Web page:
So, altogether, how much does it cost to travel in Brazil?

Before we get to rough figures I just want to let you know that the slower you travel, the cheaper it will be.

The reason for this is because you can save money on accommodation by renting a property, on food by having a kitchen and cooking yourself, on transport because you’ll be less likely to visit so many places, and so on.

I calculated this guide based on the average Brazil travel itinerary of a backpacker or gap year traveler, which is why I have allowed for so many destinations and covered a variety of different expenses.

If you plan to travel more alternatively, for example, camping, hitch-hiking or volunteering, I believe it would be possible to spend less than half of the “Couchsurfing” total.

These are rough calculations based on my own travel experiences in Brazil and are merely a guide to help you plan, save and budget for your trip.

  • Cost to travel in Brazil staying in Couchsurfing and traveling by bus: $4,800 BRL ($1,560 USD) per  month
  • Cost to travel in Brazil staying in Couchsurfing and traveling by plane & bus$5,100 BRL( $1,660 USD) per month
  • Cost to travel in Brazil staying in hostels and traveling by bus: $5,000 BRL ($1,625 USD) per month
  • Cost of travel in Brazil staying in hostels and traveling by plane and bus: $5,283 BRL ($1,720 USD) per month
  • Cost to travel in Brazil staying in guesthouses/Airbnb and traveling by bus: $5,800 BRL ($1,880 USD) per month
  • Cost to travel in Brazil staying in guesthouses/Airbnb and traveling by plane and bus: $6,100 BRL ($1,980 USD) per month

Brazil Travel Resources

Brazil Accommodation:

While it’s fresh in your mind, I recommend checking out your Brazil accommodation options now.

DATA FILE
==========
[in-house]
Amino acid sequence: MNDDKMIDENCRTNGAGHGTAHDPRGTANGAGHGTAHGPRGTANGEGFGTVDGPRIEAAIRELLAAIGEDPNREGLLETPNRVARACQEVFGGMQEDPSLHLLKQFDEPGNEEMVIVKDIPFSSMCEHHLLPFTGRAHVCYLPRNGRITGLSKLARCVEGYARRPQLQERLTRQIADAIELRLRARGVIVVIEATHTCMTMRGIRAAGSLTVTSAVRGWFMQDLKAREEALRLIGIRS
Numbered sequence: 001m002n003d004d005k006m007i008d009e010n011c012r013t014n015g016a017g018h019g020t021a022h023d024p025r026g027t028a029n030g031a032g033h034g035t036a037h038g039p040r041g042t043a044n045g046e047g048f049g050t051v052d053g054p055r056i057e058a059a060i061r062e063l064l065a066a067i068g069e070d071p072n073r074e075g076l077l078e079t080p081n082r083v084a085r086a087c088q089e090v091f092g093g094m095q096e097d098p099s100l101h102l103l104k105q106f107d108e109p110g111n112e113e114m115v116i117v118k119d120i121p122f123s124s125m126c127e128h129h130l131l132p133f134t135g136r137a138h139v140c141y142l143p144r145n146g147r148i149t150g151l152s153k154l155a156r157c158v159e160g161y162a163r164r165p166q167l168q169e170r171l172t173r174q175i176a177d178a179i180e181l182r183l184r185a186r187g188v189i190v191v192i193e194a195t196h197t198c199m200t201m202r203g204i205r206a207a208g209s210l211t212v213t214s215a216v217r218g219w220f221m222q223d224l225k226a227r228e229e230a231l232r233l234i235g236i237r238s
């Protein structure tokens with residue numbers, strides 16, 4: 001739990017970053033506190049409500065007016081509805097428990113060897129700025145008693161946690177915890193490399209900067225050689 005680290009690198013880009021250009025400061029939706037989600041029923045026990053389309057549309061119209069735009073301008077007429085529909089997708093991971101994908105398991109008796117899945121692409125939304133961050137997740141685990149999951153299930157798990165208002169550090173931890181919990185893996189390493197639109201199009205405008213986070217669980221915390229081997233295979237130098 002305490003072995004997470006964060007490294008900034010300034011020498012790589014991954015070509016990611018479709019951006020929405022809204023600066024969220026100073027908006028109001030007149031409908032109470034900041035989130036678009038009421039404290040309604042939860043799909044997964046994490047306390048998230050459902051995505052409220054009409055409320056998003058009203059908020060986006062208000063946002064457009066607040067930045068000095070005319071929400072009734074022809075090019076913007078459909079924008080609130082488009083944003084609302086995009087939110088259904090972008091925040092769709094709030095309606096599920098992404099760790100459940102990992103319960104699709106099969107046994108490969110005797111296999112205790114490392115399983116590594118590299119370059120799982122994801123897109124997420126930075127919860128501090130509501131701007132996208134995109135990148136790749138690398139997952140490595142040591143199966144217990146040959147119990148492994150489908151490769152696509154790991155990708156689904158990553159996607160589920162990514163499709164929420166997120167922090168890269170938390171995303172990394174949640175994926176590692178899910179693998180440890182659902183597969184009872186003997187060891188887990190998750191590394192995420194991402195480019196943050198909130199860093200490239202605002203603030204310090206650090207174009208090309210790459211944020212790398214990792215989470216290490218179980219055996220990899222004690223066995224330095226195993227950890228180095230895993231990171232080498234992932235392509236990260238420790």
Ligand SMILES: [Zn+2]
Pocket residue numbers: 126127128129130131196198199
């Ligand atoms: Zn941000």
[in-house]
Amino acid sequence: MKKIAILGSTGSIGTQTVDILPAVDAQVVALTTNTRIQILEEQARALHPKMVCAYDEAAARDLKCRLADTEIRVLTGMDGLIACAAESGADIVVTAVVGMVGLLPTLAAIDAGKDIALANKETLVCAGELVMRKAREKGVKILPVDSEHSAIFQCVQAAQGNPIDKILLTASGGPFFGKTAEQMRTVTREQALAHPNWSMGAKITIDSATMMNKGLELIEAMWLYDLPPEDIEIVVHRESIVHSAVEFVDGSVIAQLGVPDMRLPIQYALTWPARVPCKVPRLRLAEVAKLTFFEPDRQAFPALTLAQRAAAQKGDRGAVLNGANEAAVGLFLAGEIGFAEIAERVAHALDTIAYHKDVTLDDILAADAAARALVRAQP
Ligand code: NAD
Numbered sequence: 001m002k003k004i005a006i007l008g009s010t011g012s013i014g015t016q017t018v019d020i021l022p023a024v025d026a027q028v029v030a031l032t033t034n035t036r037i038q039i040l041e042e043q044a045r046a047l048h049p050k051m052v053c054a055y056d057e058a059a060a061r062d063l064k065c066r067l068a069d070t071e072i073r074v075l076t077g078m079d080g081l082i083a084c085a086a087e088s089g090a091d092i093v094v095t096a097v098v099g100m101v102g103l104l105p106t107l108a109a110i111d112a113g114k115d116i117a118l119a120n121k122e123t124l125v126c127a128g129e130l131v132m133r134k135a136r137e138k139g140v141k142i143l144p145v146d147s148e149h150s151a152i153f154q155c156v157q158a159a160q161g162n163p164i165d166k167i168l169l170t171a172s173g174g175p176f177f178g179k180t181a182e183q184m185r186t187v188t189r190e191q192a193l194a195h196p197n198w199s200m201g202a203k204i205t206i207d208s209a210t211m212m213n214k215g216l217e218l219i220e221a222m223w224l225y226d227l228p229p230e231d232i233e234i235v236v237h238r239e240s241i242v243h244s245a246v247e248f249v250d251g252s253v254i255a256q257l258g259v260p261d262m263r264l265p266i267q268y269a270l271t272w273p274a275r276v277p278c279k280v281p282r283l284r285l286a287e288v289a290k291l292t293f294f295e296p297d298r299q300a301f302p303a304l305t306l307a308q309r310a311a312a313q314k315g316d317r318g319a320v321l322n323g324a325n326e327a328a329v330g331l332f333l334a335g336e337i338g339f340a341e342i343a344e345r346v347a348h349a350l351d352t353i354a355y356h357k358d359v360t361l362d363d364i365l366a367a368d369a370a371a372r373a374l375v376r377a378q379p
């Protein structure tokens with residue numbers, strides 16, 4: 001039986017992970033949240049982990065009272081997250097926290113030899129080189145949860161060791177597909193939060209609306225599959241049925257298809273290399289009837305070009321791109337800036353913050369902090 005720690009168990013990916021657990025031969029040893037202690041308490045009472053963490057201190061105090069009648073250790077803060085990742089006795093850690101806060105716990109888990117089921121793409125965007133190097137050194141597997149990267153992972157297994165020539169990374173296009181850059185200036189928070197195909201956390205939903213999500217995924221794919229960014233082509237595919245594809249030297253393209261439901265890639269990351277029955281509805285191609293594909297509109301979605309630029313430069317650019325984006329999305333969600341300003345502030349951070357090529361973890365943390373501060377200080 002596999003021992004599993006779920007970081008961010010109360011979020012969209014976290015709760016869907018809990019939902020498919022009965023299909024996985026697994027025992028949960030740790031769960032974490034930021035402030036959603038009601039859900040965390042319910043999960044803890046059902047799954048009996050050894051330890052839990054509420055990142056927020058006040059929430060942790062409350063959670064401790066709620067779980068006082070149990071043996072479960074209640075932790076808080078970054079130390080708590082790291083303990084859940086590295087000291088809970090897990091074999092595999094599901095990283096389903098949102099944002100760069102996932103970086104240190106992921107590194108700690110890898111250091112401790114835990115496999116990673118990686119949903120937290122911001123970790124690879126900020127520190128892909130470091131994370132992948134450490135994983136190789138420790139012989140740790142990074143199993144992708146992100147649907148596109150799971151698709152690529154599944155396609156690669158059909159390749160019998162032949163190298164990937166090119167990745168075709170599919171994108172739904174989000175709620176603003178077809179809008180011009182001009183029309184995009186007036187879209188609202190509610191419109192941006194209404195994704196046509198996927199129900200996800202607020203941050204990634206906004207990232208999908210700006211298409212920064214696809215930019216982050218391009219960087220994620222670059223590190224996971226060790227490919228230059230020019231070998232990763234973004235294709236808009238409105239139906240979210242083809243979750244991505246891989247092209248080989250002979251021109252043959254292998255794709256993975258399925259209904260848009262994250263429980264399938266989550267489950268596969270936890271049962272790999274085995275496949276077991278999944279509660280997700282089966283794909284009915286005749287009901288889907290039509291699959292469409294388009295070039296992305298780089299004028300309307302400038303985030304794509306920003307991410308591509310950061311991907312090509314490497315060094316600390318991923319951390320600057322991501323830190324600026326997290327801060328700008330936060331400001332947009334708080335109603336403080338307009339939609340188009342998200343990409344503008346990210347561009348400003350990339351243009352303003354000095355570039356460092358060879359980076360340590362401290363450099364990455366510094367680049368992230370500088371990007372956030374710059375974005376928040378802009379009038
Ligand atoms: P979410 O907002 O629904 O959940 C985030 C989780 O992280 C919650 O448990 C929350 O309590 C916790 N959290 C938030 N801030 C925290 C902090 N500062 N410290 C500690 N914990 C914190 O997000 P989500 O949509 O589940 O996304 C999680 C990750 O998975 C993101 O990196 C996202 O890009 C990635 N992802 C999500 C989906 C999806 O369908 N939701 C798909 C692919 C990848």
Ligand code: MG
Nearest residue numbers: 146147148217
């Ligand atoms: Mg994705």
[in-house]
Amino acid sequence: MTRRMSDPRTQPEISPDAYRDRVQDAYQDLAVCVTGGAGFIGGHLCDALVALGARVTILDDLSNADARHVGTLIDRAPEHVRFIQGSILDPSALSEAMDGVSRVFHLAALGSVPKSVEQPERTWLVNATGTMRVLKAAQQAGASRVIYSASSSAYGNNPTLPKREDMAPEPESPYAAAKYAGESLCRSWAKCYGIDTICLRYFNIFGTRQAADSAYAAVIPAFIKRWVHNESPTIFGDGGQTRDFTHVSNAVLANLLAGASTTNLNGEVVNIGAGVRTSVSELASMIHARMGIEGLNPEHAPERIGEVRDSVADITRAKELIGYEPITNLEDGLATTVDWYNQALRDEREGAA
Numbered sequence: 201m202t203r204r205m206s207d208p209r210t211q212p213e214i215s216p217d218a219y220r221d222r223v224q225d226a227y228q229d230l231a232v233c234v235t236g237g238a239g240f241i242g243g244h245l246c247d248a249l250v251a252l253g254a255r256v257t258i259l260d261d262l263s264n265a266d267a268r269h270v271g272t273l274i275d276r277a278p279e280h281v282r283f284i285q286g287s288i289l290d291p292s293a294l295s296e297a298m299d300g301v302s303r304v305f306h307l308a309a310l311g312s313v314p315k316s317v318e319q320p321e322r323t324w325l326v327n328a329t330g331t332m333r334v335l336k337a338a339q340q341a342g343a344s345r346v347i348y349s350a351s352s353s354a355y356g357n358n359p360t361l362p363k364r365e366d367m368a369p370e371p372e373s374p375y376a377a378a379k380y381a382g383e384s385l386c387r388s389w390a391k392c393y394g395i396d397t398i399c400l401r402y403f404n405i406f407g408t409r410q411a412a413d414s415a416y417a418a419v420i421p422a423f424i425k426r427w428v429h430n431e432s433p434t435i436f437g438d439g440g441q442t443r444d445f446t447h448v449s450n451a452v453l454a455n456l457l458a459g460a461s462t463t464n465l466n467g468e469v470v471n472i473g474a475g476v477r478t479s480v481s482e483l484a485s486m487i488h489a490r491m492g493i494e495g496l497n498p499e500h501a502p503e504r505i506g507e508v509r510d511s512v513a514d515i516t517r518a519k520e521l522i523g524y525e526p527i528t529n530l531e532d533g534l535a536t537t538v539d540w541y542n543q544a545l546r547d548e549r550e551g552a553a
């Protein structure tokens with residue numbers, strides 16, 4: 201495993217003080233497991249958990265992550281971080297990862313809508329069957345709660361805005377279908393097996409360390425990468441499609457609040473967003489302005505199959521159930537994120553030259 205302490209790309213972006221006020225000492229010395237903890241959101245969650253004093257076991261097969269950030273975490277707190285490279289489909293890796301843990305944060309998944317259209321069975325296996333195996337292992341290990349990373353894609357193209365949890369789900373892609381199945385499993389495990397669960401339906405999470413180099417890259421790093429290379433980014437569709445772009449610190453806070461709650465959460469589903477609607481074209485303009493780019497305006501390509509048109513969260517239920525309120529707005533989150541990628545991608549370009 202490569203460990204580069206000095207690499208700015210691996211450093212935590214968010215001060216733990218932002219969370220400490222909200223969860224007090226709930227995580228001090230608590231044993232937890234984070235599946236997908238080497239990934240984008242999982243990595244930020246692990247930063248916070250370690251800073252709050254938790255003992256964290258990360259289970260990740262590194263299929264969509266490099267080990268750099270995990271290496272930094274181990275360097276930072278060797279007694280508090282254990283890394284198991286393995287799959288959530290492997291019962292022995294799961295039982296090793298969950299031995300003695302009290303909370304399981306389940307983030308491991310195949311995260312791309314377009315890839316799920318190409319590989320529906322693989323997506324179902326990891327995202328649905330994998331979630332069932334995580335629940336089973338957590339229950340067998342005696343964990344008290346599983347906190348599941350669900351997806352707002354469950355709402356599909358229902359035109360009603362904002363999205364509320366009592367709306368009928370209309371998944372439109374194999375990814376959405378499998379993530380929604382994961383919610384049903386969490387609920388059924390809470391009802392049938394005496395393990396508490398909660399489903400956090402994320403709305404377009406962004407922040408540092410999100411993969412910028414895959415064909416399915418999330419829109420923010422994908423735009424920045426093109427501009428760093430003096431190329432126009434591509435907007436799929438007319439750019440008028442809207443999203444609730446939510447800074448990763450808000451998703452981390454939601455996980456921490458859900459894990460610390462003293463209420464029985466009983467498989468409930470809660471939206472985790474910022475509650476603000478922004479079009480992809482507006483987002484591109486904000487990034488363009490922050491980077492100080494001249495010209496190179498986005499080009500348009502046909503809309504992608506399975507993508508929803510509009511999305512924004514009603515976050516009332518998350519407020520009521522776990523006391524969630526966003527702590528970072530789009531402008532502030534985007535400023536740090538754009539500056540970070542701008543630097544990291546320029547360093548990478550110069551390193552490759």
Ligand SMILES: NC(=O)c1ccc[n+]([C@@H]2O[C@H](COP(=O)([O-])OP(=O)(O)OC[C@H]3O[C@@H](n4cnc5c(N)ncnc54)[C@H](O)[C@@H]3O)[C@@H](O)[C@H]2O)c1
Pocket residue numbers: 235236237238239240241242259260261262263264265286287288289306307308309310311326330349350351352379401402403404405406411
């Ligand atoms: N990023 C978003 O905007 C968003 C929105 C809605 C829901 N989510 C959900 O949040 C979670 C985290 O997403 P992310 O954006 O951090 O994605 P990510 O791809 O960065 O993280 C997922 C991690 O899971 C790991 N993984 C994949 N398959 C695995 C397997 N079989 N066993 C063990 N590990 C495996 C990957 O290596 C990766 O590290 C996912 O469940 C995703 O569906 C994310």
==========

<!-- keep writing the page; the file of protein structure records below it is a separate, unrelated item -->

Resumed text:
Want stylish accommodation you can afford? Enter your dates and Hotels Combined will scan all the top booking sites (Booking.com, Hotels.com, Expedia, etc) for the cheapest prices possible:

Brazil Flights:

If you are flying to Brazil it is beneficial to use a flight compare site to find the cheapest flights. We recommend and use Cheapflights.com.

Click here to compare and book cheap flights to Brazil


Did you find my cost of living in Brazil/cost to travel in Brazil guide helpful? If that’s a yes, please don’t forget to share it with anyone you know who’s thinking about traveling to Brazil!

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Hannah is an Australian nomad and the Founding Editor of StoryV Travel & Lifestyle. After finishing her studies in Business Administration Hannah took off to Thailand with her father for a life-changing volunteer experience that shaped the way her future panned out. The day she returned home she took up 3 jobs and booked her next ticket out. 3 months later she had quit the rat race completely and was off to Thailand once more - this time, on her own. Little did she know, that solo adventure would lead her to meet the love of her life and go on to explore the rest of the world as a digital nomad. With a thirst for experiencing unfamiliar cultures in exotic destinations around the world, Hannah most enjoys chasing sunsets, lazing on tropical beaches and getting lost among a myriad of crooked buildings and small alleyways. Follow her adventures on Twitter and Facebook!